Floral symmetry has long received attention from taxonomists, phylogeneticists and ecologists because of its utility as a character in systematics and phylogeny, and its importance in pollination [119,120]. Hileman's [115] review demonstrates the repeated recruitment of the CYCLOIDEA (CYC) developmental programme for multiple transitions to bilateral symmetry (as well as reversals to radial symmetry), during the diversification of flowering plants. However, she also emphasizes that few of the specific underlying causes are known about the function or regulation of the CYC pathways, and that this knowledge is needed to understand how, and thus possibly why, there has been such frequent recruitment of the same pathway during diversification in floral symmetry.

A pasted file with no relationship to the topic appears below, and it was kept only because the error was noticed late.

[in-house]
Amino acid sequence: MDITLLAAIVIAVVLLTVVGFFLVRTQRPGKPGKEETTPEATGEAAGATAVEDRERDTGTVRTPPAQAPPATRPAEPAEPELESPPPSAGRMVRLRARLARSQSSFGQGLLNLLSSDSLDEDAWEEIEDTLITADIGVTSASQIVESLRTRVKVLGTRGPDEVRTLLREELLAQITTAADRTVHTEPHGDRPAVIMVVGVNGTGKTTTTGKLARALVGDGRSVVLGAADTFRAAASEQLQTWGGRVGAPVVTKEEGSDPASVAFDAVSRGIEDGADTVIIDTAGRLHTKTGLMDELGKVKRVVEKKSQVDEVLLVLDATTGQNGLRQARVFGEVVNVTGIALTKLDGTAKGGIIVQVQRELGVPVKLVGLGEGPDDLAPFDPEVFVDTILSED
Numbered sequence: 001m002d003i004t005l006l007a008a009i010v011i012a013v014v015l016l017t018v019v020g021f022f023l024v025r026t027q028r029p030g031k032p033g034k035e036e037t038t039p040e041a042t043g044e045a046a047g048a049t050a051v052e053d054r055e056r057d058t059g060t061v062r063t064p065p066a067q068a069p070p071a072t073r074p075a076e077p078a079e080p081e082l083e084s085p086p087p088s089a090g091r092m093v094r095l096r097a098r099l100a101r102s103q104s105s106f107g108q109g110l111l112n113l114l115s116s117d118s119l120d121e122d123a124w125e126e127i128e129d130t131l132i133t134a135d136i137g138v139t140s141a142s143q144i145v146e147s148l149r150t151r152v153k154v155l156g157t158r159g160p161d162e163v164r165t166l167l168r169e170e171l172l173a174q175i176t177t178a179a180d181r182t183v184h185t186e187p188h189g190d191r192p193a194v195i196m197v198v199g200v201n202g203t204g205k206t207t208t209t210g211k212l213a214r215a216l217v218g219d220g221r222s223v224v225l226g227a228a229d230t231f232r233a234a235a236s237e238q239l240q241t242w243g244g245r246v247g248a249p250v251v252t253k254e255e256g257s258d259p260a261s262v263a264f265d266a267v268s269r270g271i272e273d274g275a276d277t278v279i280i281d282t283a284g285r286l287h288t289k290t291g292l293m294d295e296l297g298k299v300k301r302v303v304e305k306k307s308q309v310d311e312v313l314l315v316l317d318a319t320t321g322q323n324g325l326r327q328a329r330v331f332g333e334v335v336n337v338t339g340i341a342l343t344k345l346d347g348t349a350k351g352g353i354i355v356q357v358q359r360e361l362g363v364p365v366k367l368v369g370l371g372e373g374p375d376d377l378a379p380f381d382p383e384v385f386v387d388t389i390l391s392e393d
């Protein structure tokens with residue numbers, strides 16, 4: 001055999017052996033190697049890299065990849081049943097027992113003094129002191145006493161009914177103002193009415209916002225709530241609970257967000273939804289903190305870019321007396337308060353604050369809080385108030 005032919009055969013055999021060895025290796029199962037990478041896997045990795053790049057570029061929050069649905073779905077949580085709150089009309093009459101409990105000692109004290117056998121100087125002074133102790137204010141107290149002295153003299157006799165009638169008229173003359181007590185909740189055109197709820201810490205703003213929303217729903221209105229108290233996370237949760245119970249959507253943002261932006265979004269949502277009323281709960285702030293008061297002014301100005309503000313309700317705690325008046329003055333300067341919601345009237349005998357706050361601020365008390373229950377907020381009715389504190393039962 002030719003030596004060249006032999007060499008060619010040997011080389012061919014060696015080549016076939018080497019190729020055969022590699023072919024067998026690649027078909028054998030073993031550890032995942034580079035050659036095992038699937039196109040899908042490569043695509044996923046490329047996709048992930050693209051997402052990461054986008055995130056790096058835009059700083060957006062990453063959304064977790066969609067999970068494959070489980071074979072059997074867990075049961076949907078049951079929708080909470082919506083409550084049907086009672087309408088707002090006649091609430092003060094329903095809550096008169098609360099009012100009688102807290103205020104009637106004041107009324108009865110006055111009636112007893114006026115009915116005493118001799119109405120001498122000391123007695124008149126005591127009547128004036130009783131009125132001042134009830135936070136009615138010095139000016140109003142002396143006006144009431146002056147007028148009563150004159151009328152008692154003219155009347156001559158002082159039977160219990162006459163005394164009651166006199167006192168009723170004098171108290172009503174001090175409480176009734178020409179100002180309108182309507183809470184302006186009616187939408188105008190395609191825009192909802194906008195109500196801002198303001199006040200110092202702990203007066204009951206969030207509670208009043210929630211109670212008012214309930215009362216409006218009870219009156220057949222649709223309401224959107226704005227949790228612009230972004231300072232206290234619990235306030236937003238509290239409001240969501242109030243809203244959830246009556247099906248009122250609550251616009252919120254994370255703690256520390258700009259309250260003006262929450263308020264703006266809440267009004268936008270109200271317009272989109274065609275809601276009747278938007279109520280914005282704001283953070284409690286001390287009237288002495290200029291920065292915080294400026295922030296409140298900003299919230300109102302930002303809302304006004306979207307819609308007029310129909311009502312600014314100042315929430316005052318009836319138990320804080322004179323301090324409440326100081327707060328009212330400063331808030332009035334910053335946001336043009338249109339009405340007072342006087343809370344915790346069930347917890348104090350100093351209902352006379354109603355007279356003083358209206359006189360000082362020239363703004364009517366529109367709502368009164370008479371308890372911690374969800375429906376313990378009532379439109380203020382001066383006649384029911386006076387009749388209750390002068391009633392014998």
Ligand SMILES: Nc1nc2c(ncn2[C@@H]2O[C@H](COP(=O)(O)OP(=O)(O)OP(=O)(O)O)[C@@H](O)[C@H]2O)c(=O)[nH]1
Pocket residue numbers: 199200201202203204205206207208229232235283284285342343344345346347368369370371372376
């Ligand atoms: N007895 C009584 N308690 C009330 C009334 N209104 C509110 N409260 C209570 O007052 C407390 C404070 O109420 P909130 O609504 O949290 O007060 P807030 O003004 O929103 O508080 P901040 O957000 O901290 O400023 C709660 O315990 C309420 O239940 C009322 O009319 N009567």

Wessinger et al. [116] examine the genetic architecture of the transition from bee- to hummingbird-pollinated flowers in the genus Penstemon by studying the variation of characters in an F2 hybrid population between two species having alternative pollination syndromes. This shift has occurred repeatedly in the genus as well as in other lineages [121]. Understanding the genetic basis of the suite of character changes involved in the transition between pollination syndromes provides insights into the tempo at which change could occur in adapting to another pollinating vector, which in turn could promote speciation [57]. The results of Wessinger et al. [116] indicate that the different components of the two floral syndromes are controlled by relatively few loci of medium to large phenotypic effect and that the traits are genetically linked. Another interesting result of their study is the failure to detect antagonistic pleiotropy, that is, they found no evidence that traits co-localizing to the same genomic regions include traits adaptive to alternative syndromes. In other words, all of the correlated traits are in the direction of adaptation to one syndrome. The lack of antagonistic pleiotropy would facilitate the transition between floral types. Taken in their totality, the results of Wessinger et al. [116] indicate that despite the pronounced differences between bee- and hummingbird-pollinated flowers, transitions, especially to the latter, may occur rapidly and repeatedly.